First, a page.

Congregating public facility investment of sustainable community: the school-centered community approach
Edwards, David Michael
MetadataShow full item record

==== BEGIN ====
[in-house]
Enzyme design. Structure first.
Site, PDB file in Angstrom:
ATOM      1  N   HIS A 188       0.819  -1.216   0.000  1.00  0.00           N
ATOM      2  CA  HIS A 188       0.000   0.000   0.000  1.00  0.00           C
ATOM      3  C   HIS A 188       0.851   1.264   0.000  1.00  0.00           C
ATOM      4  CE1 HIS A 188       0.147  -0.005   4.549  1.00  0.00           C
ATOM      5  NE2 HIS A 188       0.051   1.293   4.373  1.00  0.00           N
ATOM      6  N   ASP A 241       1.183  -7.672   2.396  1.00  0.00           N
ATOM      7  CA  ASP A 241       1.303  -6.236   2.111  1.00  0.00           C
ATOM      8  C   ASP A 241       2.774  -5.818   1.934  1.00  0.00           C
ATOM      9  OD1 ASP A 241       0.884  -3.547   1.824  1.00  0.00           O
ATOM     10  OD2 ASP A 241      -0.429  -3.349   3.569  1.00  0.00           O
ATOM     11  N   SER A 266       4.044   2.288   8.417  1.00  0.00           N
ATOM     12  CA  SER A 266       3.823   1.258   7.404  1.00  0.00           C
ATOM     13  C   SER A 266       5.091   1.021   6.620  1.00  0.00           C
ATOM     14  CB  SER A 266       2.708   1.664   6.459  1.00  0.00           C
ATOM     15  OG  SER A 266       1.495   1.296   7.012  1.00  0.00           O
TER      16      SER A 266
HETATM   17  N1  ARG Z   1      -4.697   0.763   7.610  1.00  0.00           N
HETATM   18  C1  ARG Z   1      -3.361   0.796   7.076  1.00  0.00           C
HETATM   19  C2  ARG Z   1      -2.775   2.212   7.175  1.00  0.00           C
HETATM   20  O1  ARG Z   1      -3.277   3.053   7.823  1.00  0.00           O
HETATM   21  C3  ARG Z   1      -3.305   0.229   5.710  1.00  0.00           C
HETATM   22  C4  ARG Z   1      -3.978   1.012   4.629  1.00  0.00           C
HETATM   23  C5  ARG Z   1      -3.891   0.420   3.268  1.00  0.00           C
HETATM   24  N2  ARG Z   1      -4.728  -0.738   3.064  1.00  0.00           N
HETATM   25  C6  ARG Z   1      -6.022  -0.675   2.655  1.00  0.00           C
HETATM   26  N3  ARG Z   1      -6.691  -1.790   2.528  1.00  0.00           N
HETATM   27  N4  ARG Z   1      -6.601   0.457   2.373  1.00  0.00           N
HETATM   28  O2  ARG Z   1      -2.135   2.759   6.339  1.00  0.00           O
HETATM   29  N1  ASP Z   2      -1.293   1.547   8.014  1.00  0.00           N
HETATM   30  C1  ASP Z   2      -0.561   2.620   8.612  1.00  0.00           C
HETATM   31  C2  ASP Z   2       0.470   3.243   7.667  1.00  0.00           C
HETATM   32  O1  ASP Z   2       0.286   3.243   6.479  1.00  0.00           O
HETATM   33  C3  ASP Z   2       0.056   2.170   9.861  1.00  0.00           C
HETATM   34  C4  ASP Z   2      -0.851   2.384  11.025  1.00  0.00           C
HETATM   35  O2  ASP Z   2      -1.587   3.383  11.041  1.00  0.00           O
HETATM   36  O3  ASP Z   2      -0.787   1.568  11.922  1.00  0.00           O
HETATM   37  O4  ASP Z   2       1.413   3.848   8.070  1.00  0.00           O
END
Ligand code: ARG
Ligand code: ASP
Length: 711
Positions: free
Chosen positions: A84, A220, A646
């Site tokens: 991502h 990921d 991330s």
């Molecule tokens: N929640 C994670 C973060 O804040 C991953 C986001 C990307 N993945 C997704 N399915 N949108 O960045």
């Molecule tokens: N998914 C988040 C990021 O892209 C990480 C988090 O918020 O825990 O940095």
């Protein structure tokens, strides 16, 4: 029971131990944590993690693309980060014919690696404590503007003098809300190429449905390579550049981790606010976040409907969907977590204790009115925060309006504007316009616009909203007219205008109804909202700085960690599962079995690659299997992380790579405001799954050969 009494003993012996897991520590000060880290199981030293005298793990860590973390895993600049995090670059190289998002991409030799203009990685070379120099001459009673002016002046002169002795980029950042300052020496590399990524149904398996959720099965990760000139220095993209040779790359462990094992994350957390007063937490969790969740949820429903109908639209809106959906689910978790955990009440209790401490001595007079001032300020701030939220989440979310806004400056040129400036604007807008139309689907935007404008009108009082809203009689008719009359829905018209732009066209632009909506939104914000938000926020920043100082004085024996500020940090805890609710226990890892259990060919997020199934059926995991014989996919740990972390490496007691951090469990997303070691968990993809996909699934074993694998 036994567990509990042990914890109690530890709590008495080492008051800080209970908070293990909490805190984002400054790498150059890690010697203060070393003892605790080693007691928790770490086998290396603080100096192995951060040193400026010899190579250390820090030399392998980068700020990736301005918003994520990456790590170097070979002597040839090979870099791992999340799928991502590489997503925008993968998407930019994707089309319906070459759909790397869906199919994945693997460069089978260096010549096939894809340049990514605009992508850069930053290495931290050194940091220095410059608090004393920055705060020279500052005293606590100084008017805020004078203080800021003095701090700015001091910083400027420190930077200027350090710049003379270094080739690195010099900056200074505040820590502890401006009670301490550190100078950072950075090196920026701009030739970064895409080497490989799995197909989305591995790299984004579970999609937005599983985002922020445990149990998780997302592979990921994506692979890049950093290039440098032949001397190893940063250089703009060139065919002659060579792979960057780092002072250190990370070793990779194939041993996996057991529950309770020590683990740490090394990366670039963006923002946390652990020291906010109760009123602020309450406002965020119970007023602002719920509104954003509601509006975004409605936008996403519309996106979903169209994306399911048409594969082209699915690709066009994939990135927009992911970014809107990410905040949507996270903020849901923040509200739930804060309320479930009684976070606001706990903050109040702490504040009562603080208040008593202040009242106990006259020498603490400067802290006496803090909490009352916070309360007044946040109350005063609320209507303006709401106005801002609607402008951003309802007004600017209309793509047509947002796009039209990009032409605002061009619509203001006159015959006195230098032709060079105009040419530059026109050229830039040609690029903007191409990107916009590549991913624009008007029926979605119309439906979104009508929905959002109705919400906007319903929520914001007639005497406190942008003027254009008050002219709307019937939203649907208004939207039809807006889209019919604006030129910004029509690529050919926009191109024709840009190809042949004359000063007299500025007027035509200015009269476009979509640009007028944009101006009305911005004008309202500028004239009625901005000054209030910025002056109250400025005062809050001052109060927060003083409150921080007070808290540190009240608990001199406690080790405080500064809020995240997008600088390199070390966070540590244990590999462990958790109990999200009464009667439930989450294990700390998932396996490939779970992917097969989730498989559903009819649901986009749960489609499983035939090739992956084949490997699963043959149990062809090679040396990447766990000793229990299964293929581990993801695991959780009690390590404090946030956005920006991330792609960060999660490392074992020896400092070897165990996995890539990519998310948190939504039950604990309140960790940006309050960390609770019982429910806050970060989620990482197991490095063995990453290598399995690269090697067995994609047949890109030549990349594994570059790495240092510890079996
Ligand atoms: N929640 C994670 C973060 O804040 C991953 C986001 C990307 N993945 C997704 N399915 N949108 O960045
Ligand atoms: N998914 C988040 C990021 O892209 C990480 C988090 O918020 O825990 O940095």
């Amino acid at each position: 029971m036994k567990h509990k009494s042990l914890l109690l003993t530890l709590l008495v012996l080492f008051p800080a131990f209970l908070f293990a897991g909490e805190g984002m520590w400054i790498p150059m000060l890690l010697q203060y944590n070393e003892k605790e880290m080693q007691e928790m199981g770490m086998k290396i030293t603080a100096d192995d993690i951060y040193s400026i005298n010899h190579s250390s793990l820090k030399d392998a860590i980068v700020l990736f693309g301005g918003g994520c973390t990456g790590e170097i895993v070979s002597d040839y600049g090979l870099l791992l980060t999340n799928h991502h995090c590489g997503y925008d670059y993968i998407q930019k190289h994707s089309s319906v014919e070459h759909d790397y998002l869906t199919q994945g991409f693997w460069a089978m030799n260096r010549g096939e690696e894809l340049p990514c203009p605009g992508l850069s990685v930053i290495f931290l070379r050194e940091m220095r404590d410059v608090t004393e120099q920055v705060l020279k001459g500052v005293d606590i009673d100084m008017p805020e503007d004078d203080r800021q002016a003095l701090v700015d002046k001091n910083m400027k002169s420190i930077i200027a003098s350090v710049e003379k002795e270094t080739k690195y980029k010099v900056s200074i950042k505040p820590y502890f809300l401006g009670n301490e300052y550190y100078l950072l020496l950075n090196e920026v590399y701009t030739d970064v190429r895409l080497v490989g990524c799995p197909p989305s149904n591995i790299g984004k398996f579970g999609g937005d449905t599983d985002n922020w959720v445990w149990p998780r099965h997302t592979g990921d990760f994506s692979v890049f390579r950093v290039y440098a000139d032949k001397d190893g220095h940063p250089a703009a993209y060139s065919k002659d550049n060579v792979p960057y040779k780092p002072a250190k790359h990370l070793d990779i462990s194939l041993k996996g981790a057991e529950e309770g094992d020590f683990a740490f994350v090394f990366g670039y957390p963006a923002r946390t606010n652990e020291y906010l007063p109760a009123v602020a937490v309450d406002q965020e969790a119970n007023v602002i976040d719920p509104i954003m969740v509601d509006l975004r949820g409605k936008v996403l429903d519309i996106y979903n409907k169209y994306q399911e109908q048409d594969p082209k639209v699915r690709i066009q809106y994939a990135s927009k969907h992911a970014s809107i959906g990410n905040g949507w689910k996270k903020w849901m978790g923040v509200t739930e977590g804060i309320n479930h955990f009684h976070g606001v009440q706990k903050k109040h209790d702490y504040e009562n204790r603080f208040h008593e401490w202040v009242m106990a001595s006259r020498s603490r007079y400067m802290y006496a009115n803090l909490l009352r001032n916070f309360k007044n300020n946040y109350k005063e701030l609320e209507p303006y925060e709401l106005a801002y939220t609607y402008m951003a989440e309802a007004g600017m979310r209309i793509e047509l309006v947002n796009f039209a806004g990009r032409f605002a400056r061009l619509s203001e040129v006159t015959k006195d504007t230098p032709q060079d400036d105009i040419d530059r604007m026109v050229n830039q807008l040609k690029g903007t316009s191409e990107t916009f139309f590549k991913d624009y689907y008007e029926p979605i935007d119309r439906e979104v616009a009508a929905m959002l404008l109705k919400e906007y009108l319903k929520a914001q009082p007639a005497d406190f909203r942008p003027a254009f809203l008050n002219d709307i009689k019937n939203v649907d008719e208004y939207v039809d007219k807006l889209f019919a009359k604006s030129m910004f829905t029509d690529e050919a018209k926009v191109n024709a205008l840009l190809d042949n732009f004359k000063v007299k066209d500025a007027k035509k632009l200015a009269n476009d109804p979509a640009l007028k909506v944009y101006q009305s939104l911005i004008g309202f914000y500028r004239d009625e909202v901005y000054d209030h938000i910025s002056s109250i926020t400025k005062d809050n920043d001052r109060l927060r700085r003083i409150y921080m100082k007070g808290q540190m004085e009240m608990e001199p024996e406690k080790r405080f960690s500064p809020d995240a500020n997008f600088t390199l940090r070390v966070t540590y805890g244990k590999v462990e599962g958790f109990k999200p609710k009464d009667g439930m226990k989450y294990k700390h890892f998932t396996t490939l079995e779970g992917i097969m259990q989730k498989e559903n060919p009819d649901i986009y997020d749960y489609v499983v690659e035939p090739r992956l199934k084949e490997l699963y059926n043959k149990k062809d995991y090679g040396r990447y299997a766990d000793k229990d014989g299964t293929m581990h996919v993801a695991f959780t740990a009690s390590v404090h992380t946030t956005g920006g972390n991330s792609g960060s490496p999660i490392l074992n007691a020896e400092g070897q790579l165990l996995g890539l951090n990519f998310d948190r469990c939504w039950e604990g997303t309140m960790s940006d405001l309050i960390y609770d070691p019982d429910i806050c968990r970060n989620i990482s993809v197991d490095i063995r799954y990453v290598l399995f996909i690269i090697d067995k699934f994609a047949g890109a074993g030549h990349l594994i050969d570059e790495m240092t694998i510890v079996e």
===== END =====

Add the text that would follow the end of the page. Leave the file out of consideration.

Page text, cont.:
Land development patterns have long been a reflection of not only consumer preferences but of public policy. To the extent that such policy has supported scattered, low-density and automobile-dependent development patterns, it has been found to be deficient. It is not only the private land developers who have created sprawl. Government agencies at all levels have also contributed to the problem in the ways they invest in public infrastructure devoid of a coordinated strategy. Schools, public recreational facilities, and branch libraries often are isolated from one another. Two case studies were used to demonstrate the manner in which planned, congregated public facilities came first and succeeded in providing the impetus to sustainable private sector response loosely following a master plan. The first case study examines the urban neighborhood of City Heights in San Diego, California, where a blighted, crime-ridden neighborhood was redeveloped with the construction of several public assets, all within a small, nine-block area. The result was the participation of the private sector in this neighborhood where ten years prior, there was private sector abandonment. The second case study examines the Town Center project located in Suwanee, Georgia. In this example, a city municipality took the helm as master developer, initiated 'place' in the form of an urban-style park, and thereby created the impetus for the subsequent investment by the private sector.